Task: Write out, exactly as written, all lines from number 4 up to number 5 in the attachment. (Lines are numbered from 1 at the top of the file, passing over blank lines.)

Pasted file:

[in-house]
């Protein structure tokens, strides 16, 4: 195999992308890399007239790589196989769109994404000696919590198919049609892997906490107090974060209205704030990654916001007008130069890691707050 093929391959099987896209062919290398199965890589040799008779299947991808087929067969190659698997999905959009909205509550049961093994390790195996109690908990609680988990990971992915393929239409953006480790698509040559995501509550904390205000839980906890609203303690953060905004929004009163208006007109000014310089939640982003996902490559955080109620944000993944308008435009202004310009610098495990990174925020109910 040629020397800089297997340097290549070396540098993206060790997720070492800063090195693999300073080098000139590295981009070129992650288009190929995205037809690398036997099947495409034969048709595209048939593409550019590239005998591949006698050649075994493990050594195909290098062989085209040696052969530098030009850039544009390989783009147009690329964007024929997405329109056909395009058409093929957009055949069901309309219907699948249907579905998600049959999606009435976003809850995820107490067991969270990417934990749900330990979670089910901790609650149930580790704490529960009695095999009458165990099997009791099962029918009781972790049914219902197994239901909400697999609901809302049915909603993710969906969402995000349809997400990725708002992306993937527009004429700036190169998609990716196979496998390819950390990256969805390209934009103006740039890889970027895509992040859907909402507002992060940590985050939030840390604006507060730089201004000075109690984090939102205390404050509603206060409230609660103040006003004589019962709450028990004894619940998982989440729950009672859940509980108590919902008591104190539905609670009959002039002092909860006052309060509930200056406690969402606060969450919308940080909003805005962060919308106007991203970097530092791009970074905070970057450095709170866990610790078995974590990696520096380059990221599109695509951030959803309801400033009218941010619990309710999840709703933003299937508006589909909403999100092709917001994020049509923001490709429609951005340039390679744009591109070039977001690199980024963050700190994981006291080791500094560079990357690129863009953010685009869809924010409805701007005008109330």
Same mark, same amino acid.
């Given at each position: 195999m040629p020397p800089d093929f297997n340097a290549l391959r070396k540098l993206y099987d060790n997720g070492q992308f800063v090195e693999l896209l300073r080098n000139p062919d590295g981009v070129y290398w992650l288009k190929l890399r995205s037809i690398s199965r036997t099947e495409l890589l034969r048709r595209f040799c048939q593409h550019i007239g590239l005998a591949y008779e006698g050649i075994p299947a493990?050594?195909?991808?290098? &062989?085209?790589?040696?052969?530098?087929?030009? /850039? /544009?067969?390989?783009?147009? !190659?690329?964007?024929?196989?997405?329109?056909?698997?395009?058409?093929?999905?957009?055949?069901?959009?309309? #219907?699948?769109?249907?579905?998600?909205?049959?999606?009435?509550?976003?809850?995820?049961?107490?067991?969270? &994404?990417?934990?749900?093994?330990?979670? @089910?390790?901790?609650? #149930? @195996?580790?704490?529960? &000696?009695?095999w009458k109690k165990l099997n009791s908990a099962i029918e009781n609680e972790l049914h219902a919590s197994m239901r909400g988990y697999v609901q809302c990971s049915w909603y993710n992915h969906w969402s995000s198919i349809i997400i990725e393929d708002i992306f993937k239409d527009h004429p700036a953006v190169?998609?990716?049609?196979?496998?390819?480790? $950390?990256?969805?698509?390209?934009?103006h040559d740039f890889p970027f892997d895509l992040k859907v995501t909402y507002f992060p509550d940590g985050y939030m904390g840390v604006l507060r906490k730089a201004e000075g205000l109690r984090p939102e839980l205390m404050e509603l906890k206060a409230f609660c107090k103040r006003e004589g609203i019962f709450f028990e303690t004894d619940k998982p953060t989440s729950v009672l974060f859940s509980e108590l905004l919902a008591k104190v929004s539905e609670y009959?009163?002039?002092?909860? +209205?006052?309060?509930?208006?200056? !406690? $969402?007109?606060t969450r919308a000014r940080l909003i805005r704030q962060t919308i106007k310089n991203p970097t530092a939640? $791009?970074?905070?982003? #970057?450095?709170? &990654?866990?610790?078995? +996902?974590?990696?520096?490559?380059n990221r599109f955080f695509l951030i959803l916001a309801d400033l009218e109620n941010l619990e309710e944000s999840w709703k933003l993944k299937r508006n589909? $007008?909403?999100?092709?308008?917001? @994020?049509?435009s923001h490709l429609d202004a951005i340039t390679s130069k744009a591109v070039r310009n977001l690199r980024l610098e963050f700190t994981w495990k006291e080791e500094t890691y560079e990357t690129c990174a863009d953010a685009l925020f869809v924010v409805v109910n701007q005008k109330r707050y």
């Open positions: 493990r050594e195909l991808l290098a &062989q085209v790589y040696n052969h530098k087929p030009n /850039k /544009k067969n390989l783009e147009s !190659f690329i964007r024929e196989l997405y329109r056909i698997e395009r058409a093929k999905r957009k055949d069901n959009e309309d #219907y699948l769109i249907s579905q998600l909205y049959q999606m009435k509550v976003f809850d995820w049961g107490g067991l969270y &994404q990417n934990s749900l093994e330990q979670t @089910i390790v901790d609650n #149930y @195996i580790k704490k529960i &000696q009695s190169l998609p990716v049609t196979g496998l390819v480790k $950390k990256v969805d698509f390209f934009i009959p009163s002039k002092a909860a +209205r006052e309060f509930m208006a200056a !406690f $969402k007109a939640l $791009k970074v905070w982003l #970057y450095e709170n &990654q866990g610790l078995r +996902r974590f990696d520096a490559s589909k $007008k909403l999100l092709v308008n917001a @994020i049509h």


């Given at each position: 195999m040629p020397p800089d093929f297997n340097a290549l391959r070396k540098l993206y099987d060790n997720g070492q992308f800063v090195e693999l896209l300073r080098n000139p062919d590295g981009v070129y290398w992650l288009k190929l890399r995205s037809i690398s199965r036997t099947e495409l890589l034969r048709r595209f040799c048939q593409h550019i007239g590239l005998a591949y008779e006698g050649i075994p299947a493990?050594?195909?991808?290098? &062989?085209?790589?040696?052969?530098?087929?030009? /850039? /544009?067969?390989?783009?147009? !190659?690329?964007?024929?196989?997405?329109?056909?698997?395009?058409?093929?999905?957009?055949?069901?959009?309309? #219907?699948?769109?249907?579905?998600?909205?049959?999606?009435?509550?976003?809850?995820?049961?107490?067991?969270? &994404?990417?934990?749900?093994?330990?979670? @089910?390790?901790?609650? #149930? @195996?580790?704490?529960? &000696?009695?095999w009458k109690k165990l099997n009791s908990a099962i029918e009781n609680e972790l049914h219902a919590s197994m239901r909400g988990y697999v609901q809302c990971s049915w909603y993710n992915h969906w969402s995000s198919i349809i997400i990725e393929d708002i992306f993937k239409d527009h004429p700036a953006v190169?998609?990716?049609?196979?496998?390819?480790? $950390?990256?969805?698509?390209?934009?103006h040559d740039f890889p970027f892997d895509l992040k859907v995501t909402y507002f992060p509550d940590g985050y939030m904390g840390v604006l507060r906490k730089a201004e000075g205000l109690r984090p939102e839980l205390m404050e509603l906890k206060a409230f609660c107090k103040r006003e004589g609203i019962f709450f028990e303690t004894d619940k998982p953060t989440s729950v009672l974060f859940s509980e108590l905004l919902a008591k104190v929004s539905e609670y009959?009163?002039?002092?909860? +209205?006052?309060?509930?208006?200056? !406690? $969402?007109?606060t969450r919308a000014r940080l909003i805005r704030q962060t919308i106007k310089n991203p970097t530092a939640? $791009?970074?905070?982003? #970057?450095?709170? &990654?866990?610790?078995? +996902?974590?990696?520096?490559?380059n990221r599109f955080f695509l951030i959803l916001a309801d400033l009218e109620n941010l619990e309710e944000s999840w709703k933003l993944k299937r508006n589909? $007008?909403?999100?092709?308008?917001? @994020?049509?435009s923001h490709l429609d202004a951005i340039t390679s130069k744009a591109v070039r310009n977001l690199r980024l610098e963050f700190t994981w495990k006291e080791e500094t890691y560079e990357t690129c990174a863009d953010a685009l925020f869809v924010v409805v109910n701007q005008k109330r707050y």
């Open positions: 493990r050594e195909l991808l290098a &062989q085209v790589y040696n052969h530098k087929p030009n /850039k /544009k067969n390989l783009e147009s !190659f690329i964007r024929e196989l997405y329109r056909i698997e395009r058409a093929k999905r957009k055949d069901n959009e309309d #219907y699948l769109i249907s579905q998600l909205y049959q999606m009435k509550v976003f809850d995820w049961g107490g067991l969270y &994404q990417n934990s749900l093994e330990q979670t @089910i390790v901790d609650n #149930y @195996i580790k704490k529960i &000696q009695s190169l998609p990716v049609t196979g496998l390819v480790k $950390k990256v969805d698509f390209f934009i009959p009163s002039k002092a909860a +209205r006052e309060f509930m208006a200056a !406690f $969402k007109a939640l $791009k970074v905070w982003l #970057y450095e709170n &990654q866990g610790l078995r +996902r974590f990696d520096a490559s589909k $007008k909403l999100l092709v308008n917001a @994020i049509h």